That did not stop relatives on both sides of the room from starting to cry, and several of the defendants' relatives and friends got up and left.
Judge Jeffrey P. Minehart immediately sentenced each of the three to two mandatory life prison terms - one for each victim - without chance of parole and to be served consecutively.
"When drugs are involved with guns and with greed involved, nothing good can happen," Minehart said.
Daniels, 44, and Wright, 30, who prosecutors said were two of the three gunmen who shot Thal and Gilmore, said nothing before they were sentenced.
But Hook, 43, also known as Keith Epps, who prosecutors said was the mastermind behind a botched drug robbery, insisted he was innocent.
Hook turned and apologized to his family for getting arrested and "dragging you all through such trauma."
"I will pray for my freedom," Hook told the judge. "The picture painted was of me as a bad guy, but really I'm not. I am innocent, and God bless you all."
Hook's attorney, Christopher D. Warren, promised an appeal, saying a mistrial should have been declared after a key prosecution witness who pleaded guilty - Donnell Murchison, 35, the third gunman - refused to submit to questioning by the defense.
Minehart ordered the jury to disregard Murchison's testimony, but Warren said the damage was done: The admitted killer's statements incriminated all three defendants.
Thal's mother, Sandy Thal, and her sister Lauren were in court with other friends and family but maintained their public silence, as they have since the slayings.
Assistant District Attorney Carlos Vega, who prosecuted the case with Assistant District Attorney Jennifer Selber, told Minehart the Thal family did not wish to make a victim-impact statement before sentencing.
"They just want to thank the court for a fair and just verdict," Vega said.
Prosecutors told the jury that Thal and Gilmore also dealt drugs on the side and that Gilmore had arrived in Philadelphia a few days before the shootings with cocaine from a drug supplier in Texas.
By all accounts, Thal was a successful event planner whose parties drew entertainment and sports celebrities and catered to the affluent, young Center City nightclub crowd.
But it was also clear from court testimony and the prosecutor's statements in court that she was deeply involved in the city's drug trade.
According to cellphone records admitted at trial, Hook tried to call Thal shortly before 4:30 a.m. on the day she and Gilmore were killed, although the four-second call was apparently not answered.
Hook's attorney, Warren, said after the verdict that Hook and Thal were friends and he argued that was one reason Hook would not have been involved in her killing.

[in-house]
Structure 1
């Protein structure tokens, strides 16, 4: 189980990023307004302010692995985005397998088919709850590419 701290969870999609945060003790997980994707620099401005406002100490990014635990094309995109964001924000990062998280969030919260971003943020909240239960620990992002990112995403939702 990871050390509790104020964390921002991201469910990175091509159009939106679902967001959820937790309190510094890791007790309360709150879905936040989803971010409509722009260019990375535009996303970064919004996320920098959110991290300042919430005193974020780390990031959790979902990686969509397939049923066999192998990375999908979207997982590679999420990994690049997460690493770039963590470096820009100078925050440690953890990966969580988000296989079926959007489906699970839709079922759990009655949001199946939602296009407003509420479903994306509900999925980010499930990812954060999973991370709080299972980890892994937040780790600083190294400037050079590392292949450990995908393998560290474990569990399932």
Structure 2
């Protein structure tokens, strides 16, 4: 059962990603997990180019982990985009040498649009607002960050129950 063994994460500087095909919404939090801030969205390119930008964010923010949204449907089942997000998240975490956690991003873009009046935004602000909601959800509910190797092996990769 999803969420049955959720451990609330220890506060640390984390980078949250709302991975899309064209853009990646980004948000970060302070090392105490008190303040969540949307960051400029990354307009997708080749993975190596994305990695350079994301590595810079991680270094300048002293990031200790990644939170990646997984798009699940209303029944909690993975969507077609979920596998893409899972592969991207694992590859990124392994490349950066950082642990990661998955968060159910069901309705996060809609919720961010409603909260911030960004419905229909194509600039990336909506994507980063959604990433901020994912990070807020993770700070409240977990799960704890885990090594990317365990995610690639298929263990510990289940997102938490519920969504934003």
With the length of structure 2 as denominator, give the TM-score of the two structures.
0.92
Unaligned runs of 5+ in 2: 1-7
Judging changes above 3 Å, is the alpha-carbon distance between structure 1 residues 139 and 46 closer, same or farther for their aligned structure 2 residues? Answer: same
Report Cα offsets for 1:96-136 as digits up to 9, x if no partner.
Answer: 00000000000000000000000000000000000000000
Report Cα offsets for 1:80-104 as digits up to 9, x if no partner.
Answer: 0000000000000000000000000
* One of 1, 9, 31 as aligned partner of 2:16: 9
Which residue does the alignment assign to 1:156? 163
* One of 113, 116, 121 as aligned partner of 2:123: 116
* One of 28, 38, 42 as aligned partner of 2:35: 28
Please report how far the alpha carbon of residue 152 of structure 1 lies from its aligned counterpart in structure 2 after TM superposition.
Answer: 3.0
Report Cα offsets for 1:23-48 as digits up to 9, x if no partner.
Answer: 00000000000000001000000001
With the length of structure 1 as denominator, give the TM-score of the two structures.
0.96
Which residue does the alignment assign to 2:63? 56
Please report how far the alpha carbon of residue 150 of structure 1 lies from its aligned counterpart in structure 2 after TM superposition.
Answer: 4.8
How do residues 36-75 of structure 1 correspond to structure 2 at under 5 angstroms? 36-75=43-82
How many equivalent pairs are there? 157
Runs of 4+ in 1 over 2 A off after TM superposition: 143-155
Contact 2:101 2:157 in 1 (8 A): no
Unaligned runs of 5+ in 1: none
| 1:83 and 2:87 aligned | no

And Murchison, in his statement to detectives, said he believed Thal was in on the robbery plans and would have received a cut of the drugs and cash that police found in her apartment.
Gilmore, prosecutors said, had arrived in Philadelphia several days earlier after bringing a load from Texas that included about 11 kilograms of Mexican cocaine.
According to testimony, Thal and Gilmore were leaving her seventh-floor apartment in the Piazza's Navona building at 5:17 p.m. when they were confronted in the hall by three gunmen intent on robbing them of drugs and cash.
Gilmore wrestled with one gunman and ran but was shot and wounded, then killed when he fell to the floor outside the elevators - his death captured on a Navona security camera.
Thal died of a gunshot wound to the back of the head and was found outside her apartment.
After the killings, the gunmen fled without taking what they came for: more than $100,000 in cash and 81/2 pounds of cocaine police later found in Thal's apartment.
The three on trial were among eight people arrested in the slayings. Four pleaded guilty before jury selection began Nov. 7.
A final defendant, Caesar Holloway, 35, an associate of Hook's who allegedly drove Wright to the Piazza the night of the slayings, was arrested a year after the shootings and will be tried later.
In addition to the testimony of defendants who pleaded guilty, the main evidence against Daniels and Wright was the video, which prosecutors argued showed Wright and Daniels fleeing after Gilmore was shot.
Hook was incriminated by cellphone records that prosecutors said showed him in contact with the gunmen before and after the killings.
Though none of the three testified and the defense presented no testimony, defense attorneys argued that the video was too fuzzy to positively identify Daniels or Wright and that there was no proof that any of the men were actually using the cellphone numbers attributed to them.
Contact staff writer Joseph A. Slobodzian at 215-854-2985, firstname.lastname@example.org, or @joeslobo on Twitter.